I wish I experienced it as a cathartic release. It took me seven years to write this book—if it was cathartic, I think I’d be either ecstatic or dead at this point! I think of writing fiction as a wonderful kind of travel experience—I get to inhabit people who are very different from me and move through their lives and explore ideas that I find interesting—but often from very different points of view. The truth is I love being in the middle of a novel. It’s the beginning that’s difficult. In the case of this book, writing about Harry, a man who doesn’t know himself well, was hard until Harry literally began to open up, and then it all got a lot easier.
Early on in the novel, Harold wishes he could talk to Don DeLillo about Nixon. Later Harold spots DeLillo around town on a couple of occasions, finally working up the courage to speak to him. How much of an influence has DeLillo been on your writing?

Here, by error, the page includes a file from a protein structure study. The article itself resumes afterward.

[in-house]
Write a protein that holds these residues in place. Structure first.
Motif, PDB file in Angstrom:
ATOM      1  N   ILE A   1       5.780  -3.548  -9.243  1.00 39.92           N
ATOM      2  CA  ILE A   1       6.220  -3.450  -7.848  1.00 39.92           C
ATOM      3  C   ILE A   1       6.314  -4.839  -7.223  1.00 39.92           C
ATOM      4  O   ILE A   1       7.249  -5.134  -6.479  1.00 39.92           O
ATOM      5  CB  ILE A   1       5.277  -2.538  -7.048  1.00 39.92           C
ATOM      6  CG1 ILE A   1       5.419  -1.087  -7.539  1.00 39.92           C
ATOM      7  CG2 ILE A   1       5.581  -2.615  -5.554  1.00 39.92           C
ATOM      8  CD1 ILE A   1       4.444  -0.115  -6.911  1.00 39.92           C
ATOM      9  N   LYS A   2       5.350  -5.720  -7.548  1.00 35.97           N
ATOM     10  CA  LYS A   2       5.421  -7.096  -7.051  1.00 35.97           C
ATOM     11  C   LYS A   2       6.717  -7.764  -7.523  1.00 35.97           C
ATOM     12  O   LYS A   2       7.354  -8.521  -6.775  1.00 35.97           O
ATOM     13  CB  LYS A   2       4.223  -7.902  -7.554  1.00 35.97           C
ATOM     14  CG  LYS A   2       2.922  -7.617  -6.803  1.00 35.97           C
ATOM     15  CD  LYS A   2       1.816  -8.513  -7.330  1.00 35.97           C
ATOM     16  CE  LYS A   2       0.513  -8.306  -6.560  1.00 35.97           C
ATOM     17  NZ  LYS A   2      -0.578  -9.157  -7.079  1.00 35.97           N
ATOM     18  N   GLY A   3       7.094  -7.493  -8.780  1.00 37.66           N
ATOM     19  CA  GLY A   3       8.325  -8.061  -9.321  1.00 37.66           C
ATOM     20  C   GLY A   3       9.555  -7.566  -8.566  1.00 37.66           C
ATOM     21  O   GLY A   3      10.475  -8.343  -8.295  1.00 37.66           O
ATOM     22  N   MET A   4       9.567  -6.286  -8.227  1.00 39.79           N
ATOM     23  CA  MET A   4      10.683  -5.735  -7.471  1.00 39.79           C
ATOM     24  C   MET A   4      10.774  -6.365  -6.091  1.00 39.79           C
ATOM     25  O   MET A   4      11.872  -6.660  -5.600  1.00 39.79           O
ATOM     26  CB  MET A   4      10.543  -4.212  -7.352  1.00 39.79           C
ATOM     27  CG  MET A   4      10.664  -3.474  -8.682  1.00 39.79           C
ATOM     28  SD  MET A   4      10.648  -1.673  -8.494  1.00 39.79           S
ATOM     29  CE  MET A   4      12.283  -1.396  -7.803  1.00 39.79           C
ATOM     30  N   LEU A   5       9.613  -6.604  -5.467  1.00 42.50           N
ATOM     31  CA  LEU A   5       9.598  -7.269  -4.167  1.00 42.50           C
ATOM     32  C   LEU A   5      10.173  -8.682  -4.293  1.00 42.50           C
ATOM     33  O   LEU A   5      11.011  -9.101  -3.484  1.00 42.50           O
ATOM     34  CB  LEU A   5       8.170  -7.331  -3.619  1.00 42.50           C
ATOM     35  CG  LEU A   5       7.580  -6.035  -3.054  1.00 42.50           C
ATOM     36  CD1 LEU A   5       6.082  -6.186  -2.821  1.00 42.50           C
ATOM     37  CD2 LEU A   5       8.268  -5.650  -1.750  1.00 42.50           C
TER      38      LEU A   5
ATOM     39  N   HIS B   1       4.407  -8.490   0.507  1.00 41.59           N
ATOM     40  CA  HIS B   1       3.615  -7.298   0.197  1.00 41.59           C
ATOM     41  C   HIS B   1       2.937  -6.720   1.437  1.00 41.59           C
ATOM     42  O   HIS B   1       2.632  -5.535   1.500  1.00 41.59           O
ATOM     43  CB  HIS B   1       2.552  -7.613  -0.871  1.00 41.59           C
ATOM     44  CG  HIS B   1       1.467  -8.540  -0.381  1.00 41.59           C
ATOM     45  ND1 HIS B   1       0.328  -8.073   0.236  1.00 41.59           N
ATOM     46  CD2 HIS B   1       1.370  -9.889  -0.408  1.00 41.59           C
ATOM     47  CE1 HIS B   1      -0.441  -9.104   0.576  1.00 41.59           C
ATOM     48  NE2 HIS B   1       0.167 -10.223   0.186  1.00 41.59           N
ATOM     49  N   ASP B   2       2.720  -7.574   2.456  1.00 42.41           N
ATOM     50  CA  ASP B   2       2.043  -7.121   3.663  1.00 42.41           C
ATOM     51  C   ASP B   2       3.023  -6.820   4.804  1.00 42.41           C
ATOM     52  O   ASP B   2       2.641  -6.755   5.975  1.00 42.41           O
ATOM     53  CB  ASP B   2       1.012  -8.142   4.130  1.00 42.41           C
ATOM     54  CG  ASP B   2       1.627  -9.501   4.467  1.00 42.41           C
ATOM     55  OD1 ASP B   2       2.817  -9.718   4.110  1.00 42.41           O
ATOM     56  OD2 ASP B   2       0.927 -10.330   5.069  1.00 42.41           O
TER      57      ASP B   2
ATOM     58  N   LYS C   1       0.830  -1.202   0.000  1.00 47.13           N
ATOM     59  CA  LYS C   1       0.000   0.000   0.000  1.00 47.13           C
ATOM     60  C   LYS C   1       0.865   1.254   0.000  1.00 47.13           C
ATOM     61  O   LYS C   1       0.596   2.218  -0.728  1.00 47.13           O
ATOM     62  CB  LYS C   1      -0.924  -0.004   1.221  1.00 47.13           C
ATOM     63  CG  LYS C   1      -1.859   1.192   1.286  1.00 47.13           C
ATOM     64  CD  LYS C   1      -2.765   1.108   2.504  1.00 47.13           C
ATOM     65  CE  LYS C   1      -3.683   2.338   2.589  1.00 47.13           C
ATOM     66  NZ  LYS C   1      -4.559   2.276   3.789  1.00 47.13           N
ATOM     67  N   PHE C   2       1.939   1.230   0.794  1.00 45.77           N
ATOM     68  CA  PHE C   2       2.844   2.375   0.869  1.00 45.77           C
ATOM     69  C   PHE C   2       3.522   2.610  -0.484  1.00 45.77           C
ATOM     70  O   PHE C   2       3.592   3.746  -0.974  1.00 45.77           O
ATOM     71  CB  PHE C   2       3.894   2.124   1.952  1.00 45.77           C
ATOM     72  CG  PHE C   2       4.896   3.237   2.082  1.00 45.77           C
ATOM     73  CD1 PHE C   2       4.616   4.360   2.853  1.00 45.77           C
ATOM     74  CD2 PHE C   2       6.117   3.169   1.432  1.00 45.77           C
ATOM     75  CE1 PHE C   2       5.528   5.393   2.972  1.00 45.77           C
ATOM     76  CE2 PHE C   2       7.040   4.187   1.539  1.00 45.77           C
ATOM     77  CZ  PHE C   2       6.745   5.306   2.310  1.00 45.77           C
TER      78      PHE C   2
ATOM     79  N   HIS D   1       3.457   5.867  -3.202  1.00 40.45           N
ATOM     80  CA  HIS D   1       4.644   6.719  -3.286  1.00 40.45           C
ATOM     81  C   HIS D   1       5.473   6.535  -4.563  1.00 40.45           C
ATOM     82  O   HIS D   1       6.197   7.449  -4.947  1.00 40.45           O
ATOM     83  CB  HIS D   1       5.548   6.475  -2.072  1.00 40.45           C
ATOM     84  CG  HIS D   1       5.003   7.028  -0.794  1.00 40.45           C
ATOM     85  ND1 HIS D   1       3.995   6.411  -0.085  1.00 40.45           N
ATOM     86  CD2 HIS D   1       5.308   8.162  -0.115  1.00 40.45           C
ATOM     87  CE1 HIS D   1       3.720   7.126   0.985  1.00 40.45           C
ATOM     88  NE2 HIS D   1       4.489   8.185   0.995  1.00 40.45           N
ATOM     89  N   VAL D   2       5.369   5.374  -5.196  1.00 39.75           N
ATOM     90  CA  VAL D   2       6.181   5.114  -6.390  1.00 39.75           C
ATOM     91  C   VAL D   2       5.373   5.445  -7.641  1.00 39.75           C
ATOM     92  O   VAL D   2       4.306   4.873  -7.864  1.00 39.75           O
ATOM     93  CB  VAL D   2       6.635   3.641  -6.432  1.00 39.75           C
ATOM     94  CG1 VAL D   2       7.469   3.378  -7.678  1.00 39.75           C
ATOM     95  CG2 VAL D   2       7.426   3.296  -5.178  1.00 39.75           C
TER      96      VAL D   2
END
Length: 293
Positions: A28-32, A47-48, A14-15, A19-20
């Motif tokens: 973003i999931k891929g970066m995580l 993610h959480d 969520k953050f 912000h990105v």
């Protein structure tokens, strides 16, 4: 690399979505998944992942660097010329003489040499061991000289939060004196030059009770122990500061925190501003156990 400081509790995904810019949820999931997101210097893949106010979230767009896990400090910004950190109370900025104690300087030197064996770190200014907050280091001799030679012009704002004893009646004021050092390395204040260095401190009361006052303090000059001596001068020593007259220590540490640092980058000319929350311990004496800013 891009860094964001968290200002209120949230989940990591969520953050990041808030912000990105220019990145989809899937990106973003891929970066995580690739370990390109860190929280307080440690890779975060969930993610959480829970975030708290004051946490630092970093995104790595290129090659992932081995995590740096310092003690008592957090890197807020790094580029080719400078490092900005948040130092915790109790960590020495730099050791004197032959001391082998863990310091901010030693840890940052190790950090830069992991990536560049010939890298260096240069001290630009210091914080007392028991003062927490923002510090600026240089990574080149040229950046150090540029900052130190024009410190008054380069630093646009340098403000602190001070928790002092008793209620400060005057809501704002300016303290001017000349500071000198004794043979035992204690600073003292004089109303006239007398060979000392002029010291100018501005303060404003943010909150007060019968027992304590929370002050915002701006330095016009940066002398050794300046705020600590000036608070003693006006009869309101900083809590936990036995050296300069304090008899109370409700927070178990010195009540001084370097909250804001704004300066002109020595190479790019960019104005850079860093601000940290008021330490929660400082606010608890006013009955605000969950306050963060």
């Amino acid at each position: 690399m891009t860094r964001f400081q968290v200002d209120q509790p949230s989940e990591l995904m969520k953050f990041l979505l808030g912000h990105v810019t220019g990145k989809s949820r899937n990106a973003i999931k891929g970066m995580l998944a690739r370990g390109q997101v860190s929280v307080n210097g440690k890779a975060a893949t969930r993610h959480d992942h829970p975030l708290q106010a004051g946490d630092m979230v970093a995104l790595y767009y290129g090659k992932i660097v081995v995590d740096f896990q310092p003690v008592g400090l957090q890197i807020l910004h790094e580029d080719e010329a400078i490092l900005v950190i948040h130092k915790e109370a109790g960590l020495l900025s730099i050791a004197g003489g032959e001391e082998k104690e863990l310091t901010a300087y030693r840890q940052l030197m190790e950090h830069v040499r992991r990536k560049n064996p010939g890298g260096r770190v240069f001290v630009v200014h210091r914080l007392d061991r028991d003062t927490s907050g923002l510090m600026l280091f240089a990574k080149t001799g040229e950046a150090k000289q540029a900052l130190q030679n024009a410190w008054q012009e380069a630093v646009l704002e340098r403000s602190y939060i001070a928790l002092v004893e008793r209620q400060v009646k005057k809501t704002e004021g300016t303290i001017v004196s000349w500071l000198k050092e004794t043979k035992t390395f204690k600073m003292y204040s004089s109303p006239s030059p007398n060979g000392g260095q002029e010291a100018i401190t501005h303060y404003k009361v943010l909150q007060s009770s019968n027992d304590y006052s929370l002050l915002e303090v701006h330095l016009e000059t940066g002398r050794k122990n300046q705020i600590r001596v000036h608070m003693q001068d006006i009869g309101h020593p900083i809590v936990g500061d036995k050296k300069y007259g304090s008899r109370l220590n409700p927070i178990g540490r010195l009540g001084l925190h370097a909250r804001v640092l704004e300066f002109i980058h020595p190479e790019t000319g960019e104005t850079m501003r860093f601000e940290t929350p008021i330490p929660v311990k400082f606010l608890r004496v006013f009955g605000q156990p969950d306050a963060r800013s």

Don DeLillo appears in the novel for several reasons—the first being because he’s an amazing writer, and I especially admire his ability to blend fact and fiction, something that I attempted to do in this novel on a larger scale than I ever have before. Also, because DeLillo in reality lives not far from where I imagine the novel to be set, it’s plausible within the frame of the book for DeLillo to literally pass through. And in some ways the irony of DeLillo as both a writer and a character appeals to me. DeLillo himself is quite shy, slightly cryptic in conversation and affect, and I just am in awe of him—so it’s a tip of the hat to a master.
I noticed the repeated use of the word “downloading” to refer to characters in conversation, such as on p. 467 when Harold is on the phone with Amanda: “She’s downloading information, letting each bit go . . .” Why this use of tech language to depict human interactions?
We have adapted tech talk as human talk—we go to dinner and download our friends on the state of our lives. When informing others of things, we say I’m going to upload you. . . . The real question is when and how we’ll find words for emoticons. . . .
How do you get inside the head of a character like Harold? How much does character development steer the plot in your work?